Emails Reveal Cordray's Plot to Appoint Own Successor

Left-wing websites led former director's attempt to subvert WH authority

Former CFPB director Richard Cordray / Getty Images
February 1, 2018

Newly released emails reveal the machinations of former director of the Consumer Financial Protection Bureau Richard Cordray to appoint his own successor.

The failed attempt to install Leandra English as acting director of the CFPB last year began after Cordray found the idea in two left-wing websites, which argued it was "illegal" for the president to appoint the director of an executive branch agency.

Cause of Action Institute, a nonprofit oversight group, obtained internal emails through a Freedom of Information Act request between Cordray, English, and other CFPB officials during the days leading up to his resignation.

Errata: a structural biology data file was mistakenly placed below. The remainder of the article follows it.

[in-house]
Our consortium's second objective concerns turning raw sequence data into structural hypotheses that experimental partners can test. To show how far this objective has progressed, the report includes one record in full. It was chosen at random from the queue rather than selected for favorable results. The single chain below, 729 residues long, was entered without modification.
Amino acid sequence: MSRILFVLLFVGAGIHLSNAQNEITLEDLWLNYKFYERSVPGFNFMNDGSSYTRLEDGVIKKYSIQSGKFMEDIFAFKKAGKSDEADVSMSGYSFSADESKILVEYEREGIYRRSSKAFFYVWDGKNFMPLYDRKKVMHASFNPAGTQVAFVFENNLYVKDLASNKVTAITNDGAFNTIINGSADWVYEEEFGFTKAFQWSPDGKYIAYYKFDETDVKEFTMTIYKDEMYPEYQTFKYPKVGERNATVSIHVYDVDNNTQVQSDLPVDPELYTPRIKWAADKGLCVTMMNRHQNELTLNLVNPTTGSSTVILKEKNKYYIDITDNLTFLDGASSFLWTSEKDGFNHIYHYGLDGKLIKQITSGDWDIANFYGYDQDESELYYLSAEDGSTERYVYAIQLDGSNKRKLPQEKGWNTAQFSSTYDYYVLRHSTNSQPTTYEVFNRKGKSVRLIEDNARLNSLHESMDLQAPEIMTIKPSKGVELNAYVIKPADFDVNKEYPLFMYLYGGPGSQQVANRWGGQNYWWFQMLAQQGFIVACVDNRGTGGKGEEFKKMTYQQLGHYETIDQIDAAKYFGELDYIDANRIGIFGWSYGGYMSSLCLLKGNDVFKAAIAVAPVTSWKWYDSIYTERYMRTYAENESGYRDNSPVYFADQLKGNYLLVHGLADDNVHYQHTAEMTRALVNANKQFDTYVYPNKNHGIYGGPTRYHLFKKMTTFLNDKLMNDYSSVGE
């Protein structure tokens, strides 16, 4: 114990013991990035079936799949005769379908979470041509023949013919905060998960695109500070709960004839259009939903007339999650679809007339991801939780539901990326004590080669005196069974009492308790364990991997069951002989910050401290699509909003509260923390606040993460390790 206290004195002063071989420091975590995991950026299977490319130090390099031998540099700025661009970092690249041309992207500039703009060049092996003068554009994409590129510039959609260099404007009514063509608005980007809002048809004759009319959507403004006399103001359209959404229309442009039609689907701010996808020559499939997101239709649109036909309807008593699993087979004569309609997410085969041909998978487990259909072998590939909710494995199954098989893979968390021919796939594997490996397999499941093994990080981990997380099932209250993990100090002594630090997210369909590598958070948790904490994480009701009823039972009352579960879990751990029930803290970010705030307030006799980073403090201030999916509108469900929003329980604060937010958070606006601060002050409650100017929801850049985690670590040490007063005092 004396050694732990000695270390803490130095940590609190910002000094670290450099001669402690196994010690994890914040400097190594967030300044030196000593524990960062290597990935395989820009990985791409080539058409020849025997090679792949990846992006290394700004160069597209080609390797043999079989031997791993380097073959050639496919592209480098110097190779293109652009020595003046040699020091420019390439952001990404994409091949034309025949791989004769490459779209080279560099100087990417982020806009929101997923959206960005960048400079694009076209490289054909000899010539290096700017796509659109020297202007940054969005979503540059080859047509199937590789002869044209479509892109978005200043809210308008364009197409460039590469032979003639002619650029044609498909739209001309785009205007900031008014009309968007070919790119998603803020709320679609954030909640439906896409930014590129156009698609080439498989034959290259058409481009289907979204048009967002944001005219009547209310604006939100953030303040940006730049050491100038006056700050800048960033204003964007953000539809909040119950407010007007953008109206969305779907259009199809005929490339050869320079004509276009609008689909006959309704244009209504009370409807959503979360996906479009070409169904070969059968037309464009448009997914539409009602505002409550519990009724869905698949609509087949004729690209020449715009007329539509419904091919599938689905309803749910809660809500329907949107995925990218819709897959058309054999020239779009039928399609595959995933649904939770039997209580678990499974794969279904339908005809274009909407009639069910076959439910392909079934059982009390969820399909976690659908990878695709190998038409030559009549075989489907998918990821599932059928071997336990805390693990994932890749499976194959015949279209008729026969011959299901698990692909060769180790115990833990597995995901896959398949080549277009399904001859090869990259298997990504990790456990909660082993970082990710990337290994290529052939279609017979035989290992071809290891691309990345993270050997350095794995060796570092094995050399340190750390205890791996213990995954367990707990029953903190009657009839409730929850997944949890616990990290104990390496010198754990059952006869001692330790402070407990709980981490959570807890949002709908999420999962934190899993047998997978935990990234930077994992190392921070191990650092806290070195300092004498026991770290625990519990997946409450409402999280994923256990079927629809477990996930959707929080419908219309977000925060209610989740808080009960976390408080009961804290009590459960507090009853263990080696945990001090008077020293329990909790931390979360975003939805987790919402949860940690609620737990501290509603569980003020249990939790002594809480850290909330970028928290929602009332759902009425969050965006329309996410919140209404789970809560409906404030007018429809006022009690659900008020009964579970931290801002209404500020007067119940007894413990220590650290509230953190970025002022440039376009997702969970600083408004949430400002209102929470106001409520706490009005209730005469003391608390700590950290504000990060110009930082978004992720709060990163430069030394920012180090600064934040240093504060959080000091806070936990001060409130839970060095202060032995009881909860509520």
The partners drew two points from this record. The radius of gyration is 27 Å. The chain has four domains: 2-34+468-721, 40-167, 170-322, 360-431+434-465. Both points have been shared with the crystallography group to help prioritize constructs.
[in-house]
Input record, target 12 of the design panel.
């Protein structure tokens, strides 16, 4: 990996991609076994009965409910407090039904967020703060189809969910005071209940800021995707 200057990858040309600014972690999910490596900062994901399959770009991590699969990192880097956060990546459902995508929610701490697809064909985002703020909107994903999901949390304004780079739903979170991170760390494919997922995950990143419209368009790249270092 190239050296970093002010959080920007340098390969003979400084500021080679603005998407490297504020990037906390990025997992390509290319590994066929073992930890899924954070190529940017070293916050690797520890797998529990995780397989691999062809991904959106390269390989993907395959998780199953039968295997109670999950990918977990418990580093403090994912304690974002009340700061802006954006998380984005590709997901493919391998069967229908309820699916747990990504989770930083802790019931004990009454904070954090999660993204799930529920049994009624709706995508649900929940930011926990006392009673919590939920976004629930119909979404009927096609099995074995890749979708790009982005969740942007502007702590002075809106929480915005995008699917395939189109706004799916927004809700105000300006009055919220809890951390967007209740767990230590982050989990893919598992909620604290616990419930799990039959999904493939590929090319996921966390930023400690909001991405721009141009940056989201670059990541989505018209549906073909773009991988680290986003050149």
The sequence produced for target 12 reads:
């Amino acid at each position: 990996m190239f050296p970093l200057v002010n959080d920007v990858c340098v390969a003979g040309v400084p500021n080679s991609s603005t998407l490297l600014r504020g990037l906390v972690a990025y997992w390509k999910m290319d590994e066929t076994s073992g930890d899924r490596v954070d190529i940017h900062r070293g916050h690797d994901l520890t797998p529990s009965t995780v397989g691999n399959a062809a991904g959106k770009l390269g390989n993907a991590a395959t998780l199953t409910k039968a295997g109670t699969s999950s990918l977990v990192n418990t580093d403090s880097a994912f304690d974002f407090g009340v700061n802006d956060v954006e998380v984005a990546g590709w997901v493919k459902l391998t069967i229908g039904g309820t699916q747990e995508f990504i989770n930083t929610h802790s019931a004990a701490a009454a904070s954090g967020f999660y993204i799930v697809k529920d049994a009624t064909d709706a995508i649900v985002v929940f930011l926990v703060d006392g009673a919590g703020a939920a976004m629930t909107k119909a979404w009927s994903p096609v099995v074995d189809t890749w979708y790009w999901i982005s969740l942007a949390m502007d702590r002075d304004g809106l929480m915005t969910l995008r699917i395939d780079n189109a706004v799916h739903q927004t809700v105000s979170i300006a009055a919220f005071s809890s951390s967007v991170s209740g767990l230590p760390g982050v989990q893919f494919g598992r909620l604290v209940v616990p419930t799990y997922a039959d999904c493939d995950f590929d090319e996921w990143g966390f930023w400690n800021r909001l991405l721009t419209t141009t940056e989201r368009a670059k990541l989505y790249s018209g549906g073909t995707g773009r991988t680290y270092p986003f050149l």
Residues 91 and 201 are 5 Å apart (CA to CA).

The group found that in Cordray's final days his leadership team "scrambled to plan a gambit to usurp the president's appointment authority and allow Cordray to name his own successor."

Cordray announced his plans to step down as director on Nov. 15. The same day, English forwarded staff a news alert stating President Trump would name a new acting director of the agency.

A week later, Cordray circulated articles from two liberal outlets, the Intercept and a blog that Sen. Elizabeth Warren (D., Mass.) once contributed to. Both argued the president cannot name a new acting director, and that the job would go to the CFPB deputy director.

"Succession Issues—Here is Adam Levitin's post and it bears serious scrutiny today for discussion," the subject line to the Nov. 22 email read. "Mary, need you to have people consider it further please."